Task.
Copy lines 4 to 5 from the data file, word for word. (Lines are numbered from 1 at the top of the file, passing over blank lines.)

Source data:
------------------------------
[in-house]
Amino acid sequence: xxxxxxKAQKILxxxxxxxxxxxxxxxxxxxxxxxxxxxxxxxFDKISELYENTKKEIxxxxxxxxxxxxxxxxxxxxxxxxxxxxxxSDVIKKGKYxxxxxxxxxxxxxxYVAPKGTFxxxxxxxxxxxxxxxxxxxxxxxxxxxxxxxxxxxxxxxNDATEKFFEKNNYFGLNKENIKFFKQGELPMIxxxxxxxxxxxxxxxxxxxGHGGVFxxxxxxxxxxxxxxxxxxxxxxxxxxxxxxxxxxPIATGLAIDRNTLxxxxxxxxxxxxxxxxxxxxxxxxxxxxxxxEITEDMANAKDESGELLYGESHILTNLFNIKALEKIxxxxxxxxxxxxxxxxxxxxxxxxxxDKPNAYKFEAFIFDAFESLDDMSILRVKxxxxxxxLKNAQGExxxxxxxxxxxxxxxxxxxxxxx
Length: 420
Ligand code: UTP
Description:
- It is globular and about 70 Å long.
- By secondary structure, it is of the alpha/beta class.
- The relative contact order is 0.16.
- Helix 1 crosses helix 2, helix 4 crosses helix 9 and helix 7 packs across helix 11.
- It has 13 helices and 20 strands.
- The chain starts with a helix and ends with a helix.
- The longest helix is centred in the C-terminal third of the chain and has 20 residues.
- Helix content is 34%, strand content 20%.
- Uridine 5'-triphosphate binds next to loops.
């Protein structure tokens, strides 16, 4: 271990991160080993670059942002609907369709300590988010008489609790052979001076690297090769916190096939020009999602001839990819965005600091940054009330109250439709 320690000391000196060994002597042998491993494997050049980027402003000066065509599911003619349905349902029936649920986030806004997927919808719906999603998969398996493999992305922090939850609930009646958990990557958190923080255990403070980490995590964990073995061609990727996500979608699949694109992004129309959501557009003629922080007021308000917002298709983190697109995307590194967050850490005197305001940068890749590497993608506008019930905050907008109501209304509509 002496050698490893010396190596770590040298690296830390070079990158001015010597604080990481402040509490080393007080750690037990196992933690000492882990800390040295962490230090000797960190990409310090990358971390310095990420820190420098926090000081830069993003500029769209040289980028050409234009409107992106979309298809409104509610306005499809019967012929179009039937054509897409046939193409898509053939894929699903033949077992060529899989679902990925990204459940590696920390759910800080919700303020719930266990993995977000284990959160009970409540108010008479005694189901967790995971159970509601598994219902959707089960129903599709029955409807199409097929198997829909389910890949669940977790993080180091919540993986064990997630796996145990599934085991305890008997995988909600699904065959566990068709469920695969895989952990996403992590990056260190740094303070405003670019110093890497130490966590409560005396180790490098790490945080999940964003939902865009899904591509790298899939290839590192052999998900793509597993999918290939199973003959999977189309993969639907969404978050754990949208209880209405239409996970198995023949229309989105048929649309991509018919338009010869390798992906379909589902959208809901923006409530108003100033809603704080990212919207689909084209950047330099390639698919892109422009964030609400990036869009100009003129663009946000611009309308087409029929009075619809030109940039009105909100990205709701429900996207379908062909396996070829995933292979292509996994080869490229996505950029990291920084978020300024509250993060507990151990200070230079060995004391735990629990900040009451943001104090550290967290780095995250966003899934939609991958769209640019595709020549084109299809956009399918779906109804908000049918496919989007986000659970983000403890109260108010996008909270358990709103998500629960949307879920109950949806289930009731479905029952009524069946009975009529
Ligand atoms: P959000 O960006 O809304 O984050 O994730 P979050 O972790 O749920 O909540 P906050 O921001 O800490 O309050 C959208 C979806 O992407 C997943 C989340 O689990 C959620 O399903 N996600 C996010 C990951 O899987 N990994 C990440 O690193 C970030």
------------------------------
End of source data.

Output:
Ligand code: UTP
Description: